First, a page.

Do you know what the tallest tree in the world is?? If you visit or live in California, you may have seen the giant sequoia.
These redwood trees reach over 300 feet and many can boast a circumference of over 100 feet. It is not just their size that inspires, but their longevity. The oldest living sequoia is 3,300 years old. They are resistant to disease, fire, fungi, and insects. Indeed, these trees seem invincible.
Of all the amazing features of the sequoia, perhaps its root system is the most impressive and surprising.
As it grows it spreads its roots far and wide—sometimes 200–300 feet in every direction, but not deep. The entire root system is generally only about 20-30 feet below the surface of the earth. It seems improbable that such a shallow root system could support so massive a tree. The key is how the roots weave together with the roots of other sequoias, building a vast network of stability and growth.
One of the most common goals I hear from senior leaders is for their managers to collaborate more. There is a strong belief that collaboration, a willingness and ability to help others achieve a common goal, will produce significantly better results. Like the roots of the giant sequoias, the more leaders support, align, and weave together, the stronger and more growth-ready the organization can become.
However, collaboration carries a downside if overused and overvalued. Disengagement, loss of productivity, and cynicism emerge when collaboration is attempted when it should not be. The worst is when collaboration becomes its own goal—when it is done simply for its own sake. We’ve all been in countless meetings held in the name of collaboration, which unfortunately achieved little progress.
Don’t get me wrong—I’m a firm advocate of the power of collaboration within teams and across business units to accomplish amazing results. Leaders and organizations, like the sequoias, can do great things when they work together instead of apart.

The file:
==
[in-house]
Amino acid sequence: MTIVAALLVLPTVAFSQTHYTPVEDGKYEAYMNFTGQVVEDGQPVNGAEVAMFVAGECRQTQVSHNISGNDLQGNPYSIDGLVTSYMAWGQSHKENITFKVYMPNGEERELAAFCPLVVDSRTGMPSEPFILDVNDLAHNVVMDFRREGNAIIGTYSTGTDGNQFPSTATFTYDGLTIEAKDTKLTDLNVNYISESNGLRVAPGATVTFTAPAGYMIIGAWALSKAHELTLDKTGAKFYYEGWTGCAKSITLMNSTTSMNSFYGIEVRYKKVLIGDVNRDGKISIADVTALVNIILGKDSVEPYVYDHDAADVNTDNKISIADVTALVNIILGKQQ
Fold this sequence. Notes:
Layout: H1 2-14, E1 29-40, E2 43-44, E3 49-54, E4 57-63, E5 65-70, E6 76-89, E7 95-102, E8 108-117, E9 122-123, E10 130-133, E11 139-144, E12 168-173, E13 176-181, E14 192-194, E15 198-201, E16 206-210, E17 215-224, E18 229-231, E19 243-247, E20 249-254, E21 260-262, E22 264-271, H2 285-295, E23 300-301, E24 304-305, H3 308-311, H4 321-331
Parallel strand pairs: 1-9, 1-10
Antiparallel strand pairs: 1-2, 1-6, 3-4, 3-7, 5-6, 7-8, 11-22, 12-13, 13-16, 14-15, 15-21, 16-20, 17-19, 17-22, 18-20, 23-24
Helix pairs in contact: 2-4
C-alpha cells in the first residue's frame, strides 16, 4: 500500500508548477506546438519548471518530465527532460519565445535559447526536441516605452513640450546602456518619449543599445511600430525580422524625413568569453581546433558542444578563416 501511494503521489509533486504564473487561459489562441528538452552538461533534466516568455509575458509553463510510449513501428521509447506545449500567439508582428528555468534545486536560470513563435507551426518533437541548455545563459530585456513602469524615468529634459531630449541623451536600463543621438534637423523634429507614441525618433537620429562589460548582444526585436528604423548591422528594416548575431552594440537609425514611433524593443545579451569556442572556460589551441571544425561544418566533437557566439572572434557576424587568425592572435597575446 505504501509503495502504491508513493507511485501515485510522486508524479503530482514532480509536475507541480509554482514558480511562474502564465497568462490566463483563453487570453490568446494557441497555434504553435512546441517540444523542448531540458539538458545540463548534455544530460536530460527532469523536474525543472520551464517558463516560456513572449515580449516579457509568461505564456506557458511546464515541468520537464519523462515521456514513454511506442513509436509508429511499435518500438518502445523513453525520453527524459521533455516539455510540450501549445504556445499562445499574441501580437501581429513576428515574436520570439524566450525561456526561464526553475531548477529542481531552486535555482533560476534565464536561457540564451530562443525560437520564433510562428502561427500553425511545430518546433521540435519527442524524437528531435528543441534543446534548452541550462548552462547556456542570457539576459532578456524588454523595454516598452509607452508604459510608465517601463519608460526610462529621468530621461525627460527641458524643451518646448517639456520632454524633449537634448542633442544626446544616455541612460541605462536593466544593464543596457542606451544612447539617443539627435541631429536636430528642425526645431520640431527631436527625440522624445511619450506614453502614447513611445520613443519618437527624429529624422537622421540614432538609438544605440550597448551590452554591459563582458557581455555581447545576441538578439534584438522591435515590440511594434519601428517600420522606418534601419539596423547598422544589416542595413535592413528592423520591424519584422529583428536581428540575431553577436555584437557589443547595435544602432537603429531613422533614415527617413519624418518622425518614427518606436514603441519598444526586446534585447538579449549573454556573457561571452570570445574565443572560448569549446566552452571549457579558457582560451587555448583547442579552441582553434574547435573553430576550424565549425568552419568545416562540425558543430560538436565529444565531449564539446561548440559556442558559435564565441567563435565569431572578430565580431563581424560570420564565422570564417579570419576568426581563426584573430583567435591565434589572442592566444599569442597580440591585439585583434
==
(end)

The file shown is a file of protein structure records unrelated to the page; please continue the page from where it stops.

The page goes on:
The first step in using collaboration effectively is to determine which topics or challenges are the right fit. There are four variables to consider when finding the proper application for collaboration: newness, impact, speed, and effort.
For any potential challenge, each of these factors needs to be examined. However, it is looking at all of them together that informs whether collaboration is needed or not.
For example, a manufacturing company was debating about how to transition from gas powered to battery engines. This was new technology for the company, it would have large impact to their bottom line, the speed is less of a factor because of their existing market share and cyclical nature of the marketplace, and the effort is high. Therefore, they chose collaboration to move the project forward.
The second step in deciding whether collaboration is the right approach to solve a problem is to discuss the threat of potential barriers. There are three variables to consider when identifying potential barriers to collaboration: access, ability, and incentives. Unless minimized and actively managed, the presence of any of these barriers can quietly destroy a well-intentioned, collaborative effort.
The third step in achieving the best results with collaboration are figuring out the ways or solutions to achieve the best results. Collaboration is merely one approach to get results. It can produce higher levels of buy-in and improve the quality of decisions, but only if the desired results are clear in the first place. Otherwise, an individual or consultative approach might work much better.
To clarify if collaboration is the best approach to create the right solution, three variables need to be considered: people, timing, and goals.
The Focused Collaboration model ensures that collaboration is used in the right way to achieve the right results. It helps leaders answer the important question: How will collaboration help solve our challenges?
A well-functioning team has deep, interwoven roots, just like the giant sequoia. Using the Focused Collaboration model will help those roots grow together, leveraging the true and often hidden potential within any team and organization.
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